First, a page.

Himeko's past comes back to haunt her in the present and the guys have to save her from certain doom.
What They Say:
Himeko was once a delinquent feared far and wide, the legendary yankee Onihime. She's totally reformed now, but starts to hear odd rumors that "the Onihime has started going on a rampage again."
Content: (please note that content portions of a review may contain spoilers)
With the first two episodes, we got a good look at some of the basics of how the Sket club operates in how they deal with jobs that come their way and the kinds of jobs that they get. And that they don't exactly always solve them, but the people involved come out feeling like things are settled and everyone gets to move on. Getting the routine down with the trio of stories, two of which were told in half length form in the second episode, lets you know how the show will operate but it didn't exactly say all that much about the people involved outside of some very basic archetype kind of material.
With the second episode, Sket Dance starts to focus on the core trio of characters a little bit more and on Himeko specifically. There's some nice if brief material showing Bossun's home life with his family before it delves into the larger story at hand with Himeko. She's definitely the outgoing and aggressive type that we've seen since the start and she's loud and proud this time as well, first in dealing with some punks bothering kids from her school and then at a baseball game where she brings a weapon far too big for the kind of game that it is. But what this does is to let her know that something from her past has come back as she used to be quite the girl gang member back in her day known as Onihime. And that name is being used again, which has her wondering what's really going on.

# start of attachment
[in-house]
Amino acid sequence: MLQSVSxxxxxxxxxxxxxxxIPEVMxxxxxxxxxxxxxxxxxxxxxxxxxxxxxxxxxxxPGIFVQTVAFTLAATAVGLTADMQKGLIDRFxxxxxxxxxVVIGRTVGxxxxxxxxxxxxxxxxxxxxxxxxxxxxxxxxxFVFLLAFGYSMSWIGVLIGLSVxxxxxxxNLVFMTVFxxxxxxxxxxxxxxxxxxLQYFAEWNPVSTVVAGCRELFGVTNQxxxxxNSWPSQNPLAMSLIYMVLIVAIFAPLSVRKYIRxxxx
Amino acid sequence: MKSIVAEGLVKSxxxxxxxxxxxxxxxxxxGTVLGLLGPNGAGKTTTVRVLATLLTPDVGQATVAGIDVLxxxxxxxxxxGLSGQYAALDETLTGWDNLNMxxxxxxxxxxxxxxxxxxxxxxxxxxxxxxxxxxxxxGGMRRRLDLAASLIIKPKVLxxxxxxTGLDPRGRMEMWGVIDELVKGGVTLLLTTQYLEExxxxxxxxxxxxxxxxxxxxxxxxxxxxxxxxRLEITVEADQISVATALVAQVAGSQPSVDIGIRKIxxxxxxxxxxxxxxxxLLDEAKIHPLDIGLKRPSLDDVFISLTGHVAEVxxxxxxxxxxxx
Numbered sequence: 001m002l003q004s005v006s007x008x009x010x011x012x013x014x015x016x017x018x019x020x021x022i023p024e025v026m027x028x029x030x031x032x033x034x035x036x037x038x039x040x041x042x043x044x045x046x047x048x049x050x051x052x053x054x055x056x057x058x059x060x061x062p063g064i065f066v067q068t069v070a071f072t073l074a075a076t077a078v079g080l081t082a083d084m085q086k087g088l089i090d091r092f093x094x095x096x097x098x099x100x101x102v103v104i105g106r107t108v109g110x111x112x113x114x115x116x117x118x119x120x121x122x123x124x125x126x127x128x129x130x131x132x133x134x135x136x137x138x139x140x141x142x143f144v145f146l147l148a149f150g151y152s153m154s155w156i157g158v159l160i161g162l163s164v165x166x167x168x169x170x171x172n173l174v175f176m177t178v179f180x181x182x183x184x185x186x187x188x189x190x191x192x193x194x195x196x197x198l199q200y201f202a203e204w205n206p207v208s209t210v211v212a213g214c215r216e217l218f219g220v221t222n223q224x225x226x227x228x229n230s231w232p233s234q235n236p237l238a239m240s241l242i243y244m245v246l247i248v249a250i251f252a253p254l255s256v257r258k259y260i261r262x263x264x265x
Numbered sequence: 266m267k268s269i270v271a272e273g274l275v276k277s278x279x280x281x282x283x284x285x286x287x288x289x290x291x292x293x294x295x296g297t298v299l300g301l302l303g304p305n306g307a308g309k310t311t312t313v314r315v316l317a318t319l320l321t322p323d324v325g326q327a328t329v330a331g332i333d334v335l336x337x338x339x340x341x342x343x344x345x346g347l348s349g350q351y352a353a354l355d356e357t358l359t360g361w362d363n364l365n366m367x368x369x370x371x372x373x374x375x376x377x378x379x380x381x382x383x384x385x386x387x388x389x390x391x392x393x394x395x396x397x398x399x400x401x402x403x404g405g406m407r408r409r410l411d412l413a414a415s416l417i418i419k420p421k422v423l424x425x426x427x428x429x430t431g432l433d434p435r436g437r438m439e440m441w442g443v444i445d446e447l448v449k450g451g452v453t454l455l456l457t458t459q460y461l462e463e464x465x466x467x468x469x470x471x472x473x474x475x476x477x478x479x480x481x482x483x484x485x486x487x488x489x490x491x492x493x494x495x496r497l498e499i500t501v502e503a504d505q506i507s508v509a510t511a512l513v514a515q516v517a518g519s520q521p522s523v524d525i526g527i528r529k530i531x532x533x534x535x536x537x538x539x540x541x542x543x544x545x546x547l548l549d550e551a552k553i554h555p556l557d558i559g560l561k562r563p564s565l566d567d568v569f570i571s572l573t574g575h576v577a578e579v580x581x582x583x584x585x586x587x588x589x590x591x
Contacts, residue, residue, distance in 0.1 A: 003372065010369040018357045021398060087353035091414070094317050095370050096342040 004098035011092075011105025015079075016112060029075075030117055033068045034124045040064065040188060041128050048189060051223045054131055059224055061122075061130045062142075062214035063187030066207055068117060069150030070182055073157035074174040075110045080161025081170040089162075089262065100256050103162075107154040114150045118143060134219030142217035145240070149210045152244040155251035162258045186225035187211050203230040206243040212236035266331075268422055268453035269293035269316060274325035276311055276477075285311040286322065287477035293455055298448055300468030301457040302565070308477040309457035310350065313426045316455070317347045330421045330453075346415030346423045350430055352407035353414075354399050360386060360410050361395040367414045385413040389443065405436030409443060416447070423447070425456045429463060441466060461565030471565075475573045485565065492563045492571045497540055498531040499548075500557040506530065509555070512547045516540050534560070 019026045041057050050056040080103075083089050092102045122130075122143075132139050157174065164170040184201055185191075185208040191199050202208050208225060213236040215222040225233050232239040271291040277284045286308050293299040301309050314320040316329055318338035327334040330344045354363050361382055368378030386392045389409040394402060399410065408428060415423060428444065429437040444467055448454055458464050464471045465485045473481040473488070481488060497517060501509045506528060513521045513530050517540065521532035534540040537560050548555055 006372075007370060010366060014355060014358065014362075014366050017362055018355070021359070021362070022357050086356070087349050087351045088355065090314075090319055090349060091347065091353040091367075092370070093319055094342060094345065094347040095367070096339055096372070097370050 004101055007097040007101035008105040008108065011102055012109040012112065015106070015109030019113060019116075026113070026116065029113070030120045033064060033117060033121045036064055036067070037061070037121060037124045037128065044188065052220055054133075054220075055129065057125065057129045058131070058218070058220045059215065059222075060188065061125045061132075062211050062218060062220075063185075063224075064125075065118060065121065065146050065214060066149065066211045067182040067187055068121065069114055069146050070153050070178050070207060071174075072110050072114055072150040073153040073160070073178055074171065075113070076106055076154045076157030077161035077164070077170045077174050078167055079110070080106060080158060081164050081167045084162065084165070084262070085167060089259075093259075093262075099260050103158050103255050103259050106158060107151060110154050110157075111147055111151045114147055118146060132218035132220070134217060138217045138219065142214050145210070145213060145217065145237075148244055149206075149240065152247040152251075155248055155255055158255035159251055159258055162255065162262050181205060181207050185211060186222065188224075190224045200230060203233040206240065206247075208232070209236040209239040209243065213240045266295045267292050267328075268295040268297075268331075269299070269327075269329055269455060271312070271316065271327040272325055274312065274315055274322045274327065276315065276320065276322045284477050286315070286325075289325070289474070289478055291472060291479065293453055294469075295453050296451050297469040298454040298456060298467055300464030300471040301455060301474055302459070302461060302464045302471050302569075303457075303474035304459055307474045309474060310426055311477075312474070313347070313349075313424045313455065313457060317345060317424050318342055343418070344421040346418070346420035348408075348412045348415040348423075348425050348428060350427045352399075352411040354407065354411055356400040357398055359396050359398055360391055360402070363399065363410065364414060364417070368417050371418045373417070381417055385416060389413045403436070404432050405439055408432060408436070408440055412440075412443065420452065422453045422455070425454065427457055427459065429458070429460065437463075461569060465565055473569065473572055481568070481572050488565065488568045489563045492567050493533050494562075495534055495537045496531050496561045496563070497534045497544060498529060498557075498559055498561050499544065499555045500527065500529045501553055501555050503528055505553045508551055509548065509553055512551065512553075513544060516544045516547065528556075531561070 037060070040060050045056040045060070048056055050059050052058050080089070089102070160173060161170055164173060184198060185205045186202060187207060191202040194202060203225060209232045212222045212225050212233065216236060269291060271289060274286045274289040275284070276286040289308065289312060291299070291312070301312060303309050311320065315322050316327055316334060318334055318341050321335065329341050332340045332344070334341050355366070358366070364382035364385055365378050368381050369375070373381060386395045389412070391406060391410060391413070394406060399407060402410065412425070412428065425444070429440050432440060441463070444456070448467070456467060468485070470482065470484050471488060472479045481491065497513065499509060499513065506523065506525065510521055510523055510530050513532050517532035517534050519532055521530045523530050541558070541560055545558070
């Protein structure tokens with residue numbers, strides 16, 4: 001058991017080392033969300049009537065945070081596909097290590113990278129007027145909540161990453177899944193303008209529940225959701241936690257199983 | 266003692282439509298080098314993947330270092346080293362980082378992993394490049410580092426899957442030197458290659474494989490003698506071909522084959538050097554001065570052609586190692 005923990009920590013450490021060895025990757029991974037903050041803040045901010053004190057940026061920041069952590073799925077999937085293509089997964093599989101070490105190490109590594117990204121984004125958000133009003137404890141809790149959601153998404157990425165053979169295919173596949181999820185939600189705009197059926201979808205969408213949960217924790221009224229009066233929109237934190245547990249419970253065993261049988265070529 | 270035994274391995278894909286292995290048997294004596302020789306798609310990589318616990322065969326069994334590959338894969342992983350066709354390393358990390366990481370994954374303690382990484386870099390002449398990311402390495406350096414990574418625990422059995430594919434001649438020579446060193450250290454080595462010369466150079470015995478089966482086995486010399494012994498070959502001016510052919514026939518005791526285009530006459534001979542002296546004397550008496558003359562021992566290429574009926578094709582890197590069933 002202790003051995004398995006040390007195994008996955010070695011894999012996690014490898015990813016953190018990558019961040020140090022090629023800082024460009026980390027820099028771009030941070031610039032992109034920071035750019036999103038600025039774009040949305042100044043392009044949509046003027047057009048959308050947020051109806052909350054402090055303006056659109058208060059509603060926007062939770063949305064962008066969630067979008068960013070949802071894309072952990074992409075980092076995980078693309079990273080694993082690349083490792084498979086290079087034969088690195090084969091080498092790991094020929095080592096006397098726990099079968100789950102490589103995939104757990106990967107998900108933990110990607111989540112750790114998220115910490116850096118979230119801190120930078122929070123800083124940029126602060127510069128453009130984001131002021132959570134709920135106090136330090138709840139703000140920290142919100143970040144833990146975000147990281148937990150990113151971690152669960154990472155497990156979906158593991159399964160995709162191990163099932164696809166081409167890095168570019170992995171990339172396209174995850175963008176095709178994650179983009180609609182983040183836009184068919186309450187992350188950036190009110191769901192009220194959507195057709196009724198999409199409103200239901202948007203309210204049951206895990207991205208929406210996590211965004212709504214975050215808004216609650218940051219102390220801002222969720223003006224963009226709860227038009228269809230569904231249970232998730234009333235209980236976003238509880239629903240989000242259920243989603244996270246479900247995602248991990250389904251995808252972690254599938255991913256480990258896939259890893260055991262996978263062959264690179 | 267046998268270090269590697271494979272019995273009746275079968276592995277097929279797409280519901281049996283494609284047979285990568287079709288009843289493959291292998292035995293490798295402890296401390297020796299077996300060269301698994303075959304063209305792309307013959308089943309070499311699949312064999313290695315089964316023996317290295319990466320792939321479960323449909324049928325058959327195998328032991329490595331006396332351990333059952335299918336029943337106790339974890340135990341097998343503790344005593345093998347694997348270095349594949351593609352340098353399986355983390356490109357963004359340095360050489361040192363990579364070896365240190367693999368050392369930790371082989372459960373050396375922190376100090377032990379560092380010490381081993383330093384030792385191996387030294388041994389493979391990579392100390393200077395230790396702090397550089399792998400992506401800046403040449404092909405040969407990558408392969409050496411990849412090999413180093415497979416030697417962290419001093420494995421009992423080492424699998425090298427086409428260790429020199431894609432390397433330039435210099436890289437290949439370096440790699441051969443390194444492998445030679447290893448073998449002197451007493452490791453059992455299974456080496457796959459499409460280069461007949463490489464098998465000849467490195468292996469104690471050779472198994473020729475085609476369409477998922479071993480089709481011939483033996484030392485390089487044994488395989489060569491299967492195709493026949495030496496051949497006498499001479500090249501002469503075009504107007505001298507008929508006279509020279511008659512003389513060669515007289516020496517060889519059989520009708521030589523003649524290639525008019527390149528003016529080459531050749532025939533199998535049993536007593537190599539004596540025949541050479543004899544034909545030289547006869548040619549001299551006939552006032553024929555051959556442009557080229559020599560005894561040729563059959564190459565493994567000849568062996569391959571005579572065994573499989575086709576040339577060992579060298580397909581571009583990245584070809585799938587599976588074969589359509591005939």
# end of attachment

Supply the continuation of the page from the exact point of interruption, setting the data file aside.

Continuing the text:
Bringing Himeko into contact with the new Onihime leads to an amusing sequence where she lays out that she's not intending to kidnap Himeko but rather just wants to beat her to a pulp. But there's something more to it as she lets Bossun in on what's going on, which challenges him and Switch to figure out where they are to try and save her before she's roughed up too badly. While the Onihime story is marginally interesting, the real story here is the way these three Sket club members will work together and always be there when needed, something that Bossun makes plainly clear with his intensity in tracking her down.
In the end, this is a fairly superficial showcase of how this group works and some of their past, but it's about what you'd expect from high school students who may not have had a lot of real adversity in their lives to begin with. The show continues to be one that really is nicely animated and the flow of the full length episode storyline here is pretty good. Himeko comes across the best as she deals with a few different situations while the two guys provide solid support. Like the first two episodes, it's not a laugh out loud kind of show, but it has a lot of little things that can make you smile and grin. And with it seemingly being largely episodic, it's an easy show to drop into and check out without feeling like you're missing too much but still being able to enjoy.
Japanese 2.0 Language, English Subtitles
Sony KDS-R70XBR2 70" LCoS 1080P HDTV, Dell 10.1 Netbook via HDMI set to 1080p, Onkyo TX-SR605 Receiver and Panasonic SB-TP20S Multi-Channel Speaker System With 100-Watt Subwoofer.